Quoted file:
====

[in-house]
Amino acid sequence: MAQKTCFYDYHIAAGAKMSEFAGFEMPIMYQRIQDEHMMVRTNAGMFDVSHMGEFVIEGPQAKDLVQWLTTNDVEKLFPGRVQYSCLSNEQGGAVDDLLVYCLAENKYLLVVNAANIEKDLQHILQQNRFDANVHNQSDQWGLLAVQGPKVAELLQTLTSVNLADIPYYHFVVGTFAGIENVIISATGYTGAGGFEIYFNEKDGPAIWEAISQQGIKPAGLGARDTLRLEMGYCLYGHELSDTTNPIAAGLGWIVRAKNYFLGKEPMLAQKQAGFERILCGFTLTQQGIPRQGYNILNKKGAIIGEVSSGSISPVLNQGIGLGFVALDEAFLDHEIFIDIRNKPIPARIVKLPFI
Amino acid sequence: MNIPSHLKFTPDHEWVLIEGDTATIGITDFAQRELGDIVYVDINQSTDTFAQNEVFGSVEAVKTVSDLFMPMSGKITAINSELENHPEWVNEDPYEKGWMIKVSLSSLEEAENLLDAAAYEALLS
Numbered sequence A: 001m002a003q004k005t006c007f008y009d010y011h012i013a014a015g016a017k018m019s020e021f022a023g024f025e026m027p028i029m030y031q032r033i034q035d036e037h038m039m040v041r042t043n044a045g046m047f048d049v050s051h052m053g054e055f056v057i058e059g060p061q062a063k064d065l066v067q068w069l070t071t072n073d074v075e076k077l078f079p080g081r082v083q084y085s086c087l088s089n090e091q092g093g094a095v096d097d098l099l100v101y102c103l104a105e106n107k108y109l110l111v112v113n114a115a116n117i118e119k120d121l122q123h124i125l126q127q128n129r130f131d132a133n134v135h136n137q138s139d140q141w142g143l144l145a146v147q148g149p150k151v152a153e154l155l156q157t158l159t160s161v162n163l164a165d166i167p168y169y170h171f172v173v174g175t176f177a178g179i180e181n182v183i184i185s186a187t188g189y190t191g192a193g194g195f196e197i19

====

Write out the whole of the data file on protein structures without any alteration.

[in-house]
Amino acid sequence: MAQKTCFYDYHIAAGAKMSEFAGFEMPIMYQRIQDEHMMVRTNAGMFDVSHMGEFVIEGPQAKDLVQWLTTNDVEKLFPGRVQYSCLSNEQGGAVDDLLVYCLAENKYLLVVNAANIEKDLQHILQQNRFDANVHNQSDQWGLLAVQGPKVAELLQTLTSVNLADIPYYHFVVGTFAGIENVIISATGYTGAGGFEIYFNEKDGPAIWEAISQQGIKPAGLGARDTLRLEMGYCLYGHELSDTTNPIAAGLGWIVRAKNYFLGKEPMLAQKQAGFERILCGFTLTQQGIPRQGYNILNKKGAIIGEVSSGSISPVLNQGIGLGFVALDEAFLDHEIFIDIRNKPIPARIVKLPFI
Amino acid sequence: MNIPSHLKFTPDHEWVLIEGDTATIGITDFAQRELGDIVYVDINQSTDTFAQNEVFGSVEAVKTVSDLFMPMSGKITAINSELENHPEWVNEDPYEKGWMIKVSLSSLEEAENLLDAAAYEALLS
Numbered sequence A: 001m002a003q004k005t006c007f008y009d010y011h012i013a014a015g016a017k018m019s020e021f022a023g024f025e026m027p028i029m030y031q032r033i034q035d036e037h038m039m040v041r042t043n044a045g046m047f048d049v050s051h052m053g054e055f056v057i058e059g060p061q062a063k064d065l066v067q068w069l070t071t072n073d074v075e076k077l078f079p080g081r082v083q084y085s086c087l088s089n090e091q092g093g094a095v096d097d098l099l100v101y102c103l104a105e106n107k108y109l110l111v112v113n114a115a116n117i118e119k120d121l122q123h124i125l126q127q128n129r130f131d132a133n134v135h136n137q138s139d140q141w142g143l144l145a146v147q148g149p150k151v152a153e154l155l156q157t158l159t160s161v162n163l164a165d166i167p168y169y170h171f172v173v174g175t176f177a178g179i180e181n182v183i184i185s186a187t188g189y190t191g192a193g194g195f196e197i19